As we all know, Child’s Rights Law (CRL) was introduced in Lagos State in 2007. Six years after its domestication, it became imperative to assess the challenges in the application of the justice provisions by different child justice administrators such as social welfare officers, the police, non-governmental organization (NGO) workers, Nigerian Bar Association (NBA) lawyers, International Federation of Women Lawyers (FIDA), family court judges and magistrates.
In Nigeria, prior to the 2003 Child’s Rights Act, child protection was guided by the Children and Young Persons’ Act (CYPA) 1943, a law relating primarily to juvenile justice. It was promulgated to make provisions for the welfare of the young and the treatment of young offenders and the establishment of Juvenile Courts (Alemika, et al. 2005). There were inadequate guidelines on the interpretation of its provisions. It was interpreted within the larger criminal justice procedural safeguards and constitutional framework (Ogunniran, 2013). Nigerian Government ratified the CRC in March 1991.
Nigeria also ratified other international instruments that generally affect the rights of the child, such as the Convention on the Elimination of all Forms of Discrimination against Women (CEDAW), the Convention against Torture and Other Cruel Inhuman or Degrading Treatment or Punishment and, the Convention on the Elimination of All Forms of Racial Discrimination. Nigeria is also a party to the International Covenant on Civil and Political Rights and to the International Covenant on Economic, Social, and Cultural Rights. In addition, Nigeria ratified regional instruments such as the African Charter on Human Rights and People’s Rights and the African Charter on the Rights and Welfare of the Child (ACRCW). It is important to note that the protection of human rights in Nigeria is also enshrined in the 1999 Constitution of the Federal Republic of Nigeria. Chapter IV contains an elaborated Bill of Rights. Nigeria has two separate codes for penal infractions; one applies to Southern Nigeria (Criminal Code) and the other to Northern Nigeria (Penal Code).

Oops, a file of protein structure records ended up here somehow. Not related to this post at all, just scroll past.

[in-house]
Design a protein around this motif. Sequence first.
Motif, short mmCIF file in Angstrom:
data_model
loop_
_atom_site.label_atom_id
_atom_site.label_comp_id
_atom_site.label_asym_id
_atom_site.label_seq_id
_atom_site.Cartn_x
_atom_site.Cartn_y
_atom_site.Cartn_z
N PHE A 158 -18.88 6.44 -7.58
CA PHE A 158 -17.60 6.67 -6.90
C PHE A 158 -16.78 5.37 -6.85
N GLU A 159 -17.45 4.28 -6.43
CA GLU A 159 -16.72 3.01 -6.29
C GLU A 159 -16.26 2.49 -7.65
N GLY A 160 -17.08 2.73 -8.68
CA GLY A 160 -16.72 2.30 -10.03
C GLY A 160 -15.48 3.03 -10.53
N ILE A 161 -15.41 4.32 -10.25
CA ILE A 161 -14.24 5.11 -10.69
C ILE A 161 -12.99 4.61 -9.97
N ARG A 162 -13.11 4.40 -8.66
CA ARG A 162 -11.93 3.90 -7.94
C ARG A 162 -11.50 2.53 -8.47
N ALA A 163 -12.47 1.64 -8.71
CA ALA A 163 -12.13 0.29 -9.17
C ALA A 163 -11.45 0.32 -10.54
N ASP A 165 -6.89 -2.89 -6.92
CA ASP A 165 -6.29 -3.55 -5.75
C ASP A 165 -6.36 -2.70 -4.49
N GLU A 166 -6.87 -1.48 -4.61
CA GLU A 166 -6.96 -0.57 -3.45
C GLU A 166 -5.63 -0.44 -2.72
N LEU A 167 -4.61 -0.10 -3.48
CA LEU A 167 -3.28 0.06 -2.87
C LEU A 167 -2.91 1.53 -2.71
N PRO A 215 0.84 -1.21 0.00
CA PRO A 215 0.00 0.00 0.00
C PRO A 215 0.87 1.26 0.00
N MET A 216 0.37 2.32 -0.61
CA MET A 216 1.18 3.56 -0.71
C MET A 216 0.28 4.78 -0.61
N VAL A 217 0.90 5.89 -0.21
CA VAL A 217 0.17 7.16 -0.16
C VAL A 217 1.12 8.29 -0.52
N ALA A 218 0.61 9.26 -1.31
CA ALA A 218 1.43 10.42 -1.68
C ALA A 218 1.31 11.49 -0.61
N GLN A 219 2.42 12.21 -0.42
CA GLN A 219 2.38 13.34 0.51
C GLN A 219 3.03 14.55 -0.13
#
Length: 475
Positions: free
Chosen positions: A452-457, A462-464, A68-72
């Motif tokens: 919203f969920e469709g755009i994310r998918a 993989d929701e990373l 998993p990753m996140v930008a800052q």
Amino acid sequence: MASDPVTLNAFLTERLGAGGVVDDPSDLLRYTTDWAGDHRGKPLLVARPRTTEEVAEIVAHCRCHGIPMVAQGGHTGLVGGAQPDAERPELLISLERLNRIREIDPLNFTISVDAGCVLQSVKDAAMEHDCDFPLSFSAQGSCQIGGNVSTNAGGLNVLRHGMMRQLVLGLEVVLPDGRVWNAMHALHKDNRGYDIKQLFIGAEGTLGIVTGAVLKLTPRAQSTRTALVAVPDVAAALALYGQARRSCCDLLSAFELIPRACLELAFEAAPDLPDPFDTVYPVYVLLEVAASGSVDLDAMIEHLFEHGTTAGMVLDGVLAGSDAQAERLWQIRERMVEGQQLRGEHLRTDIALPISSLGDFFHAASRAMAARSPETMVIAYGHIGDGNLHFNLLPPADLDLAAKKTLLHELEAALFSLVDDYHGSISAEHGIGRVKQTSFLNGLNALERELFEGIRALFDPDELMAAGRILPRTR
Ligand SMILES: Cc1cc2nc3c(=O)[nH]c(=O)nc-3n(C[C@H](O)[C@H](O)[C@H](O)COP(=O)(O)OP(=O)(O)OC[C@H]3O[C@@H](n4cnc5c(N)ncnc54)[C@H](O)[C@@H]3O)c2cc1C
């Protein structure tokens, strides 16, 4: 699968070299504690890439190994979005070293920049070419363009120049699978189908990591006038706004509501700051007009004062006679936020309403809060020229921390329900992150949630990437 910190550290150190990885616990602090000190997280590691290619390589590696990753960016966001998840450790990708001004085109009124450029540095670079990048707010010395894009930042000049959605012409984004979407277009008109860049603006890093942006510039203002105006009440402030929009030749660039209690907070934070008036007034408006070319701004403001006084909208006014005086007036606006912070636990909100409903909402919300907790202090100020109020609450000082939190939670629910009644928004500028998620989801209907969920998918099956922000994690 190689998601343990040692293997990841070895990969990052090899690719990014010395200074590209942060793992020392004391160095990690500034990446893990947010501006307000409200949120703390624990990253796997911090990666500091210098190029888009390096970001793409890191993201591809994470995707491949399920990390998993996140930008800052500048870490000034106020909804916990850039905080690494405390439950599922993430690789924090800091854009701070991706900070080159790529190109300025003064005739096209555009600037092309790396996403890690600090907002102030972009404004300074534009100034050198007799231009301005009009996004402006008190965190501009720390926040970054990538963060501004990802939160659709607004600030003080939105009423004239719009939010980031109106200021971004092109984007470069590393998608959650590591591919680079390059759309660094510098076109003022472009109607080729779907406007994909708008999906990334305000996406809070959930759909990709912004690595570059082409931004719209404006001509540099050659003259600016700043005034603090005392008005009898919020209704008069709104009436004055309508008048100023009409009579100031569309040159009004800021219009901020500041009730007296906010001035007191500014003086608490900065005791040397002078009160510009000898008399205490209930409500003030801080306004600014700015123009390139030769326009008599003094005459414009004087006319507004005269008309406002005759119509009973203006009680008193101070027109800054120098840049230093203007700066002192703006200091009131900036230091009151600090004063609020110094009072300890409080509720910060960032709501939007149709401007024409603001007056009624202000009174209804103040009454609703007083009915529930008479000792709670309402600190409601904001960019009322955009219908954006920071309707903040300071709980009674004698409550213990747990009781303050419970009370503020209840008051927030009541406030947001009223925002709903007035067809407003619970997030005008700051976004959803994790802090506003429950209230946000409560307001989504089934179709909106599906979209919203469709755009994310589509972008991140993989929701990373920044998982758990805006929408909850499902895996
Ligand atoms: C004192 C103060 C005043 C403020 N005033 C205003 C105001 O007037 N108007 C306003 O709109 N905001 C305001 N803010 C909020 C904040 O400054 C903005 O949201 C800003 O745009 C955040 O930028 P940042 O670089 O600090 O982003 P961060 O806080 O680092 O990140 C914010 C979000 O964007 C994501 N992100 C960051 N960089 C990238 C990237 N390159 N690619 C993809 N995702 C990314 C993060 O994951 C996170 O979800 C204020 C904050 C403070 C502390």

However, while Nigeria is a signatory without reservation to CRC, it was not domesticated and thus had no legal force in Nigeria until 2003 when the Child’s Rights Act (CRA) was enacted. As of today, 26 of the 36 states have adopted the CRA (2003). Lagos State adopted the Act in 2007 and named it the Child’s Rights Law (CRL) (2007). In conformity with one of the CRC’s provisions which states that laws relating to children should be made accessible to them, Lagos State has simplified the Law and presented it in several quick forms. The rights protected by and provided for in this law cover the broad areas of social, economic, and civil rights. The CRL is primarily concerned with four aspects of children’s rights (“the four ‘P’s”): participation by children in decisions affecting them; protection of children against discrimination and all forms of neglect and exploitation; prevention of harm to them; and provision of assistance for their basic needs.
Under the Lagos State Law, children have the right to Life, survival, and balanced development; a name and registration at birth; dignity and respect; privacy, family life and parental care, protection, and maintenance. They have the right to free and compulsory primary education and encouragement of secondary and tertiary education; health and health services; leisure, recreation, and cultural activities.
Children also have the right to freedom of association and peaceful assembly; freedom of religion with the necessary guidance of their parents; and freedom from discrimination. Children are also protected from child marriage and betrothal; tattoos and skin marks; exploitative labor (except non-harmful labor within the family); sale, hire or use for the purpose of hawking, begging for alms, or prostitution and sexual abuse. The paramount consideration in enacting laws for these purposes is “the best interests of the child,” a standard echoed throughout legal instruments on children’s rights.